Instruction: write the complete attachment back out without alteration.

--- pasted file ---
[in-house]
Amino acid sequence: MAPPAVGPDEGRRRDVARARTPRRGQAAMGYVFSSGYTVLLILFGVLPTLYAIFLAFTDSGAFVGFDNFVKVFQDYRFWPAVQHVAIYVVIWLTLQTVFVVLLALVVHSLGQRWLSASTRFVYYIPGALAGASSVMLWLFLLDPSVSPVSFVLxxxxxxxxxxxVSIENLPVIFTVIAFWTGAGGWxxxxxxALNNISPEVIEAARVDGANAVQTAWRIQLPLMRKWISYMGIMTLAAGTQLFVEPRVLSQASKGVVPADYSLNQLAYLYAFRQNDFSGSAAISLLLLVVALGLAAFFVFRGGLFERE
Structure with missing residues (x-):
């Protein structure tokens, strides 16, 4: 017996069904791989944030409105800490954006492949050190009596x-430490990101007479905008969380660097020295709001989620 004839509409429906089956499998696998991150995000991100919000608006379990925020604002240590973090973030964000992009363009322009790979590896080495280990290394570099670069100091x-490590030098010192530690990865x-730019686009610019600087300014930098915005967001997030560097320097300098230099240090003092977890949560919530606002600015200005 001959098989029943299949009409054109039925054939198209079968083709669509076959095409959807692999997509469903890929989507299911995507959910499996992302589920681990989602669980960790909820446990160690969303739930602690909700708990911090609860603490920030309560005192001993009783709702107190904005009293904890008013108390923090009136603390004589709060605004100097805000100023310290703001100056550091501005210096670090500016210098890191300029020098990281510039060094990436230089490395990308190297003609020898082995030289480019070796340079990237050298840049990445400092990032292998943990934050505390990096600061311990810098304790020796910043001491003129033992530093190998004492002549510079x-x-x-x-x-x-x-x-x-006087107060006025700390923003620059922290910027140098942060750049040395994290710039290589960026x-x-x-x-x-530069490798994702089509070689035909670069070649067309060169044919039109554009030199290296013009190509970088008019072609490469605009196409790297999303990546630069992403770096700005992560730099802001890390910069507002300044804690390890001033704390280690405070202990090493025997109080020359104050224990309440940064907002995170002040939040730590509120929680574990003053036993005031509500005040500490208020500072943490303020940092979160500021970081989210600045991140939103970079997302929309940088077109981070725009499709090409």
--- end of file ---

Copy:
[in-house]
Amino acid sequence: MAPPAVGPDEGRRRDVARARTPRRGQAAMGYVFSSGYTVLLILFGVLPTLYAIFLAFTDSGAFVGFDNFVKVFQDYRFWPAVQHVAIYVVIWLTLQTVFVVLLALVVHSLGQRWLSASTRFVYYIPGALAGASSVMLWLFLLDPSVSPVSFVLxxxxxxxxxxxVSIENLPVIFTVIAFWTGAGGWxxxxxxALNNISPEVIEAARVDGANAVQTAWRIQLPLMRKWISYMGIMTLAAGTQLFVEPRVLSQASKGVVPADYSLNQLAYLYAFRQNDFSGSAAISLLLLVVALGLAAFFVFRGGLFERE
Structure with missing residues (x-):
């Protein structure tokens, strides 16, 4: 017996069904791989944030409105800490954006492949050190009596x-430490990101007479905008969380660097020295709001989620 004839509409429906089956499998696998991150995000991100919000608006379990925020604002240590973090973030964000992009363009322009790979590896080495280990290394570099670069100091x-490590030098010192530690990865x-730019686009610019600087300014930098915005967001997030560097320097300098230099240090003092977890949560919530606002600015200005 001959098989029943299949009409054109039925054939198209079968083709669509076959095409959807692999997509469903890929989507299911995507959910499996992302589920681990989602669980960790909820446990160690969303739930602690909700708990911090609860603490920030309560005192001993009783709702107190904005009293904890008013108390923090009136603390004589709060605004100097805000100023310290703001100056550091501005210096670090500016210098890191300029020098990281510039060094990436230089490395990308190297003609020898082995030289480019070796340079990237050298840049990445400092990032292998943990934050505390990096600061311990810098304790020796910043001491003129033992530093190998004492002549510079x-x-x-x-x-x-x-x-x-006087107060006025700390923003620059922290910027140098942060750049040395994290710039290589960026x-x-x-x-x-530069490798994702089509070689035909670069070649067309060169044919039109554009030199290296013009190509970088008019072609490469605009196409790297999303990546630069992403770096700005992560730099802001890390910069507002300044804690390890001033704390280690405070202990090493025997109080020359104050224990309440940064907002995170002040939040730590509120929680574990003053036993005031509500005040500490208020500072943490303020940092979160500021970081989210600045991140939103970079997302929309940088077109981070725009499709090409």